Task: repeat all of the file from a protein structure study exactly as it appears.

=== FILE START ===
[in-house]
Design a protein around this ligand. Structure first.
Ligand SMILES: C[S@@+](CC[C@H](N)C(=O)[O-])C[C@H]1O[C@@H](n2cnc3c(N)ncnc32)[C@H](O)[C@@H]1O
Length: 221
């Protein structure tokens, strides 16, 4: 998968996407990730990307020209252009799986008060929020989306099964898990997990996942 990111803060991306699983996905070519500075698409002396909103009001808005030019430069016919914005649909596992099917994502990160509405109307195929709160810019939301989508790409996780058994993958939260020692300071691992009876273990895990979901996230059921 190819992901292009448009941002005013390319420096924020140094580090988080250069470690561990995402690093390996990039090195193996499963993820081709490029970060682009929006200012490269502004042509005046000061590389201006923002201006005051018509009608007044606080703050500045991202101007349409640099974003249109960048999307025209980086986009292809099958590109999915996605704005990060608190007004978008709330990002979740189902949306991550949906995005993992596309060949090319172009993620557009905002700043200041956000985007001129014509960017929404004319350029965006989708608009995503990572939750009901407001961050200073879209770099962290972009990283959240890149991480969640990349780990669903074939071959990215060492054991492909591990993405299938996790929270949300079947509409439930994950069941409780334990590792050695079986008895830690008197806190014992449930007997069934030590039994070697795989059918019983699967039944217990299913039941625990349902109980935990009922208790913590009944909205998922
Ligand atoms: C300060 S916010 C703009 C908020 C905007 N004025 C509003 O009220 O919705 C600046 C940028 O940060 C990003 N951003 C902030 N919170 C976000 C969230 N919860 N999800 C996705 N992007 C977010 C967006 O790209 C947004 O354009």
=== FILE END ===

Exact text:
[in-house]
Design a protein around this ligand. Structure first.
Ligand SMILES: C[S@@+](CC[C@H](N)C(=O)[O-])C[C@H]1O[C@@H](n2cnc3c(N)ncnc32)[C@H](O)[C@@H]1O
Length: 221
């Protein structure tokens, strides 16, 4: 998968996407990730990307020209252009799986008060929020989306099964898990997990996942 990111803060991306699983996905070519500075698409002396909103009001808005030019430069016919914005649909596992099917994502990160509405109307195929709160810019939301989508790409996780058994993958939260020692300071691992009876273990895990979901996230059921 190819992901292009448009941002005013390319420096924020140094580090988080250069470690561990995402690093390996990039090195193996499963993820081709490029970060682009929006200012490269502004042509005046000061590389201006923002201006005051018509009608007044606080703050500045991202101007349409640099974003249109960048999307025209980086986009292809099958590109999915996605704005990060608190007004978008709330990002979740189902949306991550949906995005993992596309060949090319172009993620557009905002700043200041956000985007001129014509960017929404004319350029965006989708608009995503990572939750009901407001961050200073879209770099962290972009990283959240890149991480969640990349780990669903074939071959990215060492054991492909591990993405299938996790929270949300079947509409439930994950069941409780334990590792050695079986008895830690008197806190014992449930007997069934030590039994070697795989059918019983699967039944217990299913039941625990349902109980935990009922208790913590009944909205998922
Ligand atoms: C300060 S916010 C703009 C908020 C905007 N004025 C509003 O009220 O919705 C600046 C940028 O940060 C990003 N951003 C902030 N919170 C976000 C969230 N919860 N999800 C996705 N992007 C977010 C967006 O790209 C947004 O354009």